So, this is funny. Apparently Paul Krugman, NYT columnist and economist, wrote a column last year that had a phrase in it about nationalizing banks and then this week Andrew Ross Sorkin, another NYT columnist, called him to task for it. Except it turns out that Krugman didn't exactly say what Sorkin said he said. And then people all around the blogosphere apparently debated the debate. Here's an article summarizing the whole thing, with all the links intact.
In the end, the NYT public editor came out and said Sorkin was wrong for oversimplifying:
I think the right thing to do is to simply acknowledge that, in trying to quickly summarize Krugman's nuanced position, Sorkin over-simplified and got it wrong.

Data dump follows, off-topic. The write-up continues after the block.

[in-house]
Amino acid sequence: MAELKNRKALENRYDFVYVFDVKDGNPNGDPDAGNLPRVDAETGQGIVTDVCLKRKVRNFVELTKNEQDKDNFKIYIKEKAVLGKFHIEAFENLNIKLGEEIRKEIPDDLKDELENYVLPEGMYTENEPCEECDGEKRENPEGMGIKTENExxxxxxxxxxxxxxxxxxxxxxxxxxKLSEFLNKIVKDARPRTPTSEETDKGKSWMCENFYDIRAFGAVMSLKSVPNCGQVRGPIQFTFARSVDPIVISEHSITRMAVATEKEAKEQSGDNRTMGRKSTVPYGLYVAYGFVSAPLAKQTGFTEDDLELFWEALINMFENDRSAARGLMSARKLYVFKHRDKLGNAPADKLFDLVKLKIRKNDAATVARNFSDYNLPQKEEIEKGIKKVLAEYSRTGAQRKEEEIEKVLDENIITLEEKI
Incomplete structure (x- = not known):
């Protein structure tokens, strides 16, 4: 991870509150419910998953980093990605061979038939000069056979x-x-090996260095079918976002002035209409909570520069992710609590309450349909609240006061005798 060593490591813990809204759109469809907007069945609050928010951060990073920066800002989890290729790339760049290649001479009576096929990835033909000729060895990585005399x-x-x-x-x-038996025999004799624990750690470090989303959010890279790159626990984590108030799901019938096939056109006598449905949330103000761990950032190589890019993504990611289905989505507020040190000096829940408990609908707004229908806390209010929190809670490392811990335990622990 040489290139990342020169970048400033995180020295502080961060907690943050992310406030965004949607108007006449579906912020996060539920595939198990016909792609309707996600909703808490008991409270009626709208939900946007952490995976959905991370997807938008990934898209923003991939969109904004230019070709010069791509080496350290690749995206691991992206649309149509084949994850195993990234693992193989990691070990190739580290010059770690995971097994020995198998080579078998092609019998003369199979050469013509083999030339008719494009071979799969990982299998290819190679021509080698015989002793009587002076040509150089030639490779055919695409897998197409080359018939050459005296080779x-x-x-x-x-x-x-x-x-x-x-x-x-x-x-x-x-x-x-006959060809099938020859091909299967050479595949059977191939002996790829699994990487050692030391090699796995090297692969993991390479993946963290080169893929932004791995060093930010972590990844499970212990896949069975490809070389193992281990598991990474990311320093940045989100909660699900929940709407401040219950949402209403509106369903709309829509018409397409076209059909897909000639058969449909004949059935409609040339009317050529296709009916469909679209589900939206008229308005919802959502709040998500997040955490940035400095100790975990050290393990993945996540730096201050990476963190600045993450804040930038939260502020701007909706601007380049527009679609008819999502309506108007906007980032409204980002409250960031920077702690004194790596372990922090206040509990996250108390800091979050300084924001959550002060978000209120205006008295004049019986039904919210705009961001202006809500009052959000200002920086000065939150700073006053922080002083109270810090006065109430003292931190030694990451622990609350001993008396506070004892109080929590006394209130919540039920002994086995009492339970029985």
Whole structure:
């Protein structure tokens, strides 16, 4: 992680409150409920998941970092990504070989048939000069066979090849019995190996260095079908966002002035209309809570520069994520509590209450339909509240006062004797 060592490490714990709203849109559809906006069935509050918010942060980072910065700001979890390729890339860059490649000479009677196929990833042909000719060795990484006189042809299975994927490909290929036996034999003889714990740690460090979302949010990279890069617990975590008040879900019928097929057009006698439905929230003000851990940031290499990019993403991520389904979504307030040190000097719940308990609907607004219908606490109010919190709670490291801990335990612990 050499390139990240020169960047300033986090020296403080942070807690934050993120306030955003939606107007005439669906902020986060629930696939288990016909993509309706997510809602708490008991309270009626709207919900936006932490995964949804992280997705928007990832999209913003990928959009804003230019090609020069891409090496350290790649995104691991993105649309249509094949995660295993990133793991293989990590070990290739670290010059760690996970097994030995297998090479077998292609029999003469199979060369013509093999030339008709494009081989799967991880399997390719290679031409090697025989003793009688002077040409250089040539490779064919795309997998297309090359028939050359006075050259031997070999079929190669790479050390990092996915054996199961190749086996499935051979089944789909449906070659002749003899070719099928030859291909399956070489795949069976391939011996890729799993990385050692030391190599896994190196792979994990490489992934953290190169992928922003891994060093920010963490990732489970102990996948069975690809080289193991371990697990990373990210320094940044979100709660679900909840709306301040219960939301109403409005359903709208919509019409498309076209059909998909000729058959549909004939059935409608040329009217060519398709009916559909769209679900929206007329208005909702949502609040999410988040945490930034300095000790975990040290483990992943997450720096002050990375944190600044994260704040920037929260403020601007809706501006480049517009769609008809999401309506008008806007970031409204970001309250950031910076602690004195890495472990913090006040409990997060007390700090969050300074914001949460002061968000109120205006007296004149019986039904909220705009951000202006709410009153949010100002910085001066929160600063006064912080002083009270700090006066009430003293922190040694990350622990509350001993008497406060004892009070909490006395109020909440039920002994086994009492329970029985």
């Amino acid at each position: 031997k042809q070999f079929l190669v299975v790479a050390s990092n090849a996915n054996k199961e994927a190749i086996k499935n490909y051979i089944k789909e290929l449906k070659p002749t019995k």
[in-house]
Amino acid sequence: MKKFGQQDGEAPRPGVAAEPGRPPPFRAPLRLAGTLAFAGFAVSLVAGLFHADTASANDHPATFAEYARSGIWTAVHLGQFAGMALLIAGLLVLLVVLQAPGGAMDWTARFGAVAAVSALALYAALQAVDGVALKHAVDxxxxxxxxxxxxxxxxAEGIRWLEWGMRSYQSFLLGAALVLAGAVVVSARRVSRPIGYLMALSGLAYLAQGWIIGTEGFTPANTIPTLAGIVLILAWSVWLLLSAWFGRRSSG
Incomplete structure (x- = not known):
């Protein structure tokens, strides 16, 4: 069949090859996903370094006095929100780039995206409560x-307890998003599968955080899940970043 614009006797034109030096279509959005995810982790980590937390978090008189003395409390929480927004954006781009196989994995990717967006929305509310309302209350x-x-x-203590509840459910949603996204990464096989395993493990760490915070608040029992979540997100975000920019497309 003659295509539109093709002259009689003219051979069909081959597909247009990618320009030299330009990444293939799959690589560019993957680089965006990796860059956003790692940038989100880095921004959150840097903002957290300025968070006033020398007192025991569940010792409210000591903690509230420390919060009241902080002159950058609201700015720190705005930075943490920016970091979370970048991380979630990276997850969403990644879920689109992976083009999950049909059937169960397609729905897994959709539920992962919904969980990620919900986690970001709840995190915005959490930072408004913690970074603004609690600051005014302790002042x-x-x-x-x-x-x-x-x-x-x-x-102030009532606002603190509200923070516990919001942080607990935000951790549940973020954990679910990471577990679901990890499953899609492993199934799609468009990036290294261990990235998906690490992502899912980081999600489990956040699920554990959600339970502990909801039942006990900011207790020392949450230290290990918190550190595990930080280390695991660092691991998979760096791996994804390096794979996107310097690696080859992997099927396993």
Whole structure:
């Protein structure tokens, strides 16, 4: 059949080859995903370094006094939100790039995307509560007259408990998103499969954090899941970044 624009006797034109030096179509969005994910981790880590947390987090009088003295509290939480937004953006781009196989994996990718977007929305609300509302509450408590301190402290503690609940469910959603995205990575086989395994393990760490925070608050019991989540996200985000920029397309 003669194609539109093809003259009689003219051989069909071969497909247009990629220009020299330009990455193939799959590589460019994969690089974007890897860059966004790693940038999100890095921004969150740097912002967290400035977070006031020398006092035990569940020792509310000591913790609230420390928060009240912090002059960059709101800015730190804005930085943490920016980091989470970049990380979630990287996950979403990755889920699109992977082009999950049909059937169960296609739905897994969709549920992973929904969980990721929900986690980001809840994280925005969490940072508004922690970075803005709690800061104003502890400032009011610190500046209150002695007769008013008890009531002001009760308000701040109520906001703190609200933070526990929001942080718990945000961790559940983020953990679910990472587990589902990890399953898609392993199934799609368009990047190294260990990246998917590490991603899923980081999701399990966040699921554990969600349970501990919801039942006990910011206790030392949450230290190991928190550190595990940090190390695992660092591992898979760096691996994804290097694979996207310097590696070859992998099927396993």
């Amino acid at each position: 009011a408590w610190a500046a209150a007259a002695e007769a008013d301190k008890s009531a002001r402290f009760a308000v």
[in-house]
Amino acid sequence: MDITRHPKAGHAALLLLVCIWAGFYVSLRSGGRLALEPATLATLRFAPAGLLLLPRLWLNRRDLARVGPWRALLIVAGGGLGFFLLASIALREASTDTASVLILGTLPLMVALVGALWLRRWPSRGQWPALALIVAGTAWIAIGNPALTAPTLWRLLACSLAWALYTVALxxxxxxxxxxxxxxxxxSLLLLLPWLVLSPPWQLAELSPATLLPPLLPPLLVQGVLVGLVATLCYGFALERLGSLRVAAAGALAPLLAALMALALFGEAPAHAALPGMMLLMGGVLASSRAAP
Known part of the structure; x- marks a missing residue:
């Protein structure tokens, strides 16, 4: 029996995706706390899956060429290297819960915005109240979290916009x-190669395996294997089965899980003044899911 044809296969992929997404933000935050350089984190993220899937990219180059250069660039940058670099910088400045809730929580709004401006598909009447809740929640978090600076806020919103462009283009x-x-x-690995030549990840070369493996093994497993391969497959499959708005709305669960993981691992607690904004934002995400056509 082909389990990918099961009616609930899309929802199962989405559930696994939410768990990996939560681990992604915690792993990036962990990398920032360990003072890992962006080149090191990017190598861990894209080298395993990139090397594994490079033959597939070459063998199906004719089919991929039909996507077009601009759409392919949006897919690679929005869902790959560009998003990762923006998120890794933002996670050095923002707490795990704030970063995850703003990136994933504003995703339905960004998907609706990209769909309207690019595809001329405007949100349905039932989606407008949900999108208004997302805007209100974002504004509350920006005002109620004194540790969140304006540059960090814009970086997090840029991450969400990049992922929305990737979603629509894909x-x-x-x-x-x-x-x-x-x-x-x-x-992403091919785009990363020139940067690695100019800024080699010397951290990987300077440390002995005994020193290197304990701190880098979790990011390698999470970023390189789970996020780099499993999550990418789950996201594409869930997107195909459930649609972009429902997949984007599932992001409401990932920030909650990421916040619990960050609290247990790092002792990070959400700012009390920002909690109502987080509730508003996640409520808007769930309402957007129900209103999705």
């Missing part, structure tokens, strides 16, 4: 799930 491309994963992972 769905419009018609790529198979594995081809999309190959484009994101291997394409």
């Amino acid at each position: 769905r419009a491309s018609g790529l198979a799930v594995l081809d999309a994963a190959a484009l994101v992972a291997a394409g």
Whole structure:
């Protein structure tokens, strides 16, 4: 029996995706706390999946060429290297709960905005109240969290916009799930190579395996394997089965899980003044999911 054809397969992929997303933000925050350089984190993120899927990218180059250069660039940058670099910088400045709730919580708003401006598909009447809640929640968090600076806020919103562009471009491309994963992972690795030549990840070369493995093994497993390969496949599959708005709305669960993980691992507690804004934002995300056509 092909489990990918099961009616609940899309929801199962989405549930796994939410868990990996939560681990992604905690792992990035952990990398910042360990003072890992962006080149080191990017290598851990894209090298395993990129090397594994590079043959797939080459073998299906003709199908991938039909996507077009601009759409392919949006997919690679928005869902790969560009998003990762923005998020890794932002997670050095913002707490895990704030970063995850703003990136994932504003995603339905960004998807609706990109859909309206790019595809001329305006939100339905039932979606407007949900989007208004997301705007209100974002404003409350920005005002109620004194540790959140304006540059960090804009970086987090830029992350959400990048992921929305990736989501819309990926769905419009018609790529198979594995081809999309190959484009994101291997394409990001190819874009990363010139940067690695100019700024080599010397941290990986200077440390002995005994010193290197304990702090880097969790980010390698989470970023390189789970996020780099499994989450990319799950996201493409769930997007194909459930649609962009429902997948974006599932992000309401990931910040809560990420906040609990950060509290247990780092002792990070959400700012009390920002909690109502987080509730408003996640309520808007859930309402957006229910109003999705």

What's funny is that the article in the above link summarized all of the goings-on with a headline about the Krugman/Sorkin feud and a synopsis as:
So, remember back on Monday, when it looked like Andrew Ross Sorkin and Paul Krugman were set to go all Aaron Burr/Alex Hamilton on each other, only with blogs? That was a fascinating time in our lives.
Funny. And you know, for as much as I enjoy reading Krugman columns, and would be naturally interested in what was happening in connection with his name... the real reason I clicked on the link to the summary article was because I wondered how Paul Krugman had gotten into an argument with Aaron Sorkin, of Broadway and Hollywood fame (you know the guy - wrote "West Wing," among other masterpieces). And as I clicked on the link, I thought to myself, you know, Aaron Sorkin's a smart guy - but isn't he wading into waters a little too deep for his knowledge base?
Imagine my surprise. There's more than one Sorkin in NYC?